A horse of a different colour: genetics of camouflage and the Dun pattern

Published: 2015-12-22


Landi frá Skarði og Ártúnatittur - 27. júlí 2010

Most horses today are treasured for their ability to run, work, or be ridden, but have lost their wild-type camouflage: pale hair with zebra-like dark stripes known as the Dun pattern. Now an international team of scientists has discovered what causes the Dun pattern and why it is lost in most horses. The results, published today in Nature Genetics, reveal a new mechanism of skin and hair biology, and provide new insight into horse domestication.

 

The work is an international collaboration led by groups at SciLifeLab/Uppsala University, and the Huntsville Institute of Biotechnology, Huntsville, Alabama, USA.

Pale hair colour in Dun horses provides camouflage as it makes a horse in the wild less conspicuous. In contrast, domestic horses, as well as many other domestic animals, have been selected over many generations to be more conspicuous, more appealing or simply different than the wild type. The pale hair colour in Dun horses does not affect all parts of the body; most Dun horses have a dark stripe along their back, and often show zebra-like leg stripes. However, the majority of domestic horses are non-dun and show a more intense pigmentation that is uniformly distributed

“Dun is clearly one of the most interesting coat colour variants in domestic animals because it does not just change the colour but the colour pattern”, states Leif Andersson, Faculty at SciLifeLab whose group led the genetic analysis. “We were really curious to understand the underlying molecular mechanism why Dun pigment dilution did not affect all parts of the body”.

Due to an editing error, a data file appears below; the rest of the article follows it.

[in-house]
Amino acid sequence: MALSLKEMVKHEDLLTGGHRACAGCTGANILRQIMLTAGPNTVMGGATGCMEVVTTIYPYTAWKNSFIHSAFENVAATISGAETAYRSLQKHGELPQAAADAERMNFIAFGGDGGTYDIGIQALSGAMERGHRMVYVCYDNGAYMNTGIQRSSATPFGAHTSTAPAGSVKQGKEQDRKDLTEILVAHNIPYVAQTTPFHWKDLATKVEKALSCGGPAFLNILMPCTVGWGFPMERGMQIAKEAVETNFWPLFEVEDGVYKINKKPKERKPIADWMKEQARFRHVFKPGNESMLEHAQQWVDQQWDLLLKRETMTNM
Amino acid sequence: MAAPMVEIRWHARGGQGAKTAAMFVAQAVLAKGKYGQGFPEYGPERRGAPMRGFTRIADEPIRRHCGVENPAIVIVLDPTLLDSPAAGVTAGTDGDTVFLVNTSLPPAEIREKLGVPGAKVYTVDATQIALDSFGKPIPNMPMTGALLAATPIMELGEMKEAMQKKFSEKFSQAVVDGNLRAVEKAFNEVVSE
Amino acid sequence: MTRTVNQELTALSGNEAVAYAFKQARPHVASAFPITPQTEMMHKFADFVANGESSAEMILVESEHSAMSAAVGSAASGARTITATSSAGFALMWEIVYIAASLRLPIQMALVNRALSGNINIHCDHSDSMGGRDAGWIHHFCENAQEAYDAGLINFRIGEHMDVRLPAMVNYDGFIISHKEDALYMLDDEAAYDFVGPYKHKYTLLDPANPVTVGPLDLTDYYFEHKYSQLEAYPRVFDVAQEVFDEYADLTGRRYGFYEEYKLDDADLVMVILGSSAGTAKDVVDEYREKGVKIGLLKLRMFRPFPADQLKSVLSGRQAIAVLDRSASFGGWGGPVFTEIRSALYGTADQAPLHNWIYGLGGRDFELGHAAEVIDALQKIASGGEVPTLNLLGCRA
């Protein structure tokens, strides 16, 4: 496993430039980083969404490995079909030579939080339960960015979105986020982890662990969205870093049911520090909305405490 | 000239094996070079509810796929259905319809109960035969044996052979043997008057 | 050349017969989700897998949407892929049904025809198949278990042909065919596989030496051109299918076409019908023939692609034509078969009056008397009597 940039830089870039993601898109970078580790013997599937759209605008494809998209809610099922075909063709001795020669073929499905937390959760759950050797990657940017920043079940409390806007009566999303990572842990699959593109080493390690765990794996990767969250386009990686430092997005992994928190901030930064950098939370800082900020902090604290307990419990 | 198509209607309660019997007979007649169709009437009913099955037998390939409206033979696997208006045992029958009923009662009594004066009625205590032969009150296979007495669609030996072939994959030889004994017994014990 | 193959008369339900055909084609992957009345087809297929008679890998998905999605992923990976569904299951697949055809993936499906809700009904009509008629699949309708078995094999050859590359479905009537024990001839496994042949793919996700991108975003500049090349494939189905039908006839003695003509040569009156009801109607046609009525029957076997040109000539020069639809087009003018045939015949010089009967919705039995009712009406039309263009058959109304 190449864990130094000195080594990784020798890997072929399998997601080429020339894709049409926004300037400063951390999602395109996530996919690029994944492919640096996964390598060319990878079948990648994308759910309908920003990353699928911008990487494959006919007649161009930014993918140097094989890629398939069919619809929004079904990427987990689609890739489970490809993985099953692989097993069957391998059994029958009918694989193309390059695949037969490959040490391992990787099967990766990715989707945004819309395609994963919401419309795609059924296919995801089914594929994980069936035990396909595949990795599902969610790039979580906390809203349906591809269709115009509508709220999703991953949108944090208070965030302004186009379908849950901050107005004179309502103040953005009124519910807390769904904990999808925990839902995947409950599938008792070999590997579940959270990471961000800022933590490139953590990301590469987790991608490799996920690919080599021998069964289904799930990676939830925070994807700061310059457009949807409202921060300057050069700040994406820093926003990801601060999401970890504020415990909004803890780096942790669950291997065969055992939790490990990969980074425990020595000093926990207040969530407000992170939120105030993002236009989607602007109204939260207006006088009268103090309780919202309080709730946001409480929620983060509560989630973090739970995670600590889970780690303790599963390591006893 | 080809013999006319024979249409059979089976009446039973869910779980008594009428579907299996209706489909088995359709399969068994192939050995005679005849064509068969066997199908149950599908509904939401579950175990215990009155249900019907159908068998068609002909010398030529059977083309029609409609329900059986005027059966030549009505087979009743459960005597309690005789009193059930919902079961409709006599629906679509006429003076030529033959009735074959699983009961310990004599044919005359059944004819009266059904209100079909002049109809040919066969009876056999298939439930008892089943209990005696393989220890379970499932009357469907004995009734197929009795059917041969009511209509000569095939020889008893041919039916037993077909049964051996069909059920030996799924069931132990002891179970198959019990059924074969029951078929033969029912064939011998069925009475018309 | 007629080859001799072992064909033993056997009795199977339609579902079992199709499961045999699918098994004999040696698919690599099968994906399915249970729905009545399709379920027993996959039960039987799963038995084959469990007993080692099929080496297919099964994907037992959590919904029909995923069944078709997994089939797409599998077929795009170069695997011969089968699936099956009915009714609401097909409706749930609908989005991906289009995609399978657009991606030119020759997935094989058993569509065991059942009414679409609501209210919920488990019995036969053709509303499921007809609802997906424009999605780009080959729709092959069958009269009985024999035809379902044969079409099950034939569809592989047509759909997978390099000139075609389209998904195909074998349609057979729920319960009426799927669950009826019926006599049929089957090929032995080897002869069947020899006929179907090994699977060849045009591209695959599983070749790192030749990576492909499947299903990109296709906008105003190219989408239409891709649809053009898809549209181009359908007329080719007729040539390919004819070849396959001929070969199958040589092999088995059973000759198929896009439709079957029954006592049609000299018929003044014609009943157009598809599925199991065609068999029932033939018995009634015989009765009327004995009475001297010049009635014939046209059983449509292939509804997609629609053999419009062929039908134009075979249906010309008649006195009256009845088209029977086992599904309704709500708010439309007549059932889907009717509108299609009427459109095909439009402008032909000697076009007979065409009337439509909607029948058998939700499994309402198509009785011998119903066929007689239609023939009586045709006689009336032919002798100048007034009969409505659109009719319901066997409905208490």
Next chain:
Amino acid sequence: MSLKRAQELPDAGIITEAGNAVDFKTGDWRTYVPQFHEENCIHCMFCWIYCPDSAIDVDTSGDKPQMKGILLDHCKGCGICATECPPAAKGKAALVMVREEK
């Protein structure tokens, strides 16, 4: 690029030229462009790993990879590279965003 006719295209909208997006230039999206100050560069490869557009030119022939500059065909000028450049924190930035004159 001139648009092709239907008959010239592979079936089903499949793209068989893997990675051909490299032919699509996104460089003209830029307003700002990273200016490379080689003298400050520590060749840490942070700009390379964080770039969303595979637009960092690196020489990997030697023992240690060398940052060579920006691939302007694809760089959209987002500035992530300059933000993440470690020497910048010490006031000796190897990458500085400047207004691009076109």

The research team started by analysing the distribution of pigment in individual hairs. Genetic analysis and DNA sequencing revealed that Dun versus non-dun colour is determined by a single gene that codes for the T-box 3 (TBX3) transcription factor. In humans, inactivation of the TBX3 gene causes a constellation of birth defects known as Ulnar-Mammary Syndrome. But in horses that have lost their Dun colour, TBX3 mutations do not inactivate TBX3 protein function and instead only affect where the gene is expressed in the growing hair.

The results of the present study indicates that the non-dun2 variant occurred recently most likely after domestication. In contrast, both the Dun and non-dun1 variants predate domestication, which is evident from the observation that ancient DNA from a horse that lived about 43,000 years ago, long before horses were domesticated, carried both Dun and non-dun1 variants.

“This demonstrates that horse domestication involved two different colour morphs (Dun and non-dun1) and future studies of ancient DNA will be able to reveal the geographic distribution and the abundance of the two morphs”, said Leif Andersson.

 

 

Dun_Image3Dun horses have very variable primitive markings, these photographs show some different variants of dark facial masks, dorsal stripes, shoulder crosses and zebra-like leg stripes. Photos: Freyja Imsland and Páll Imsland.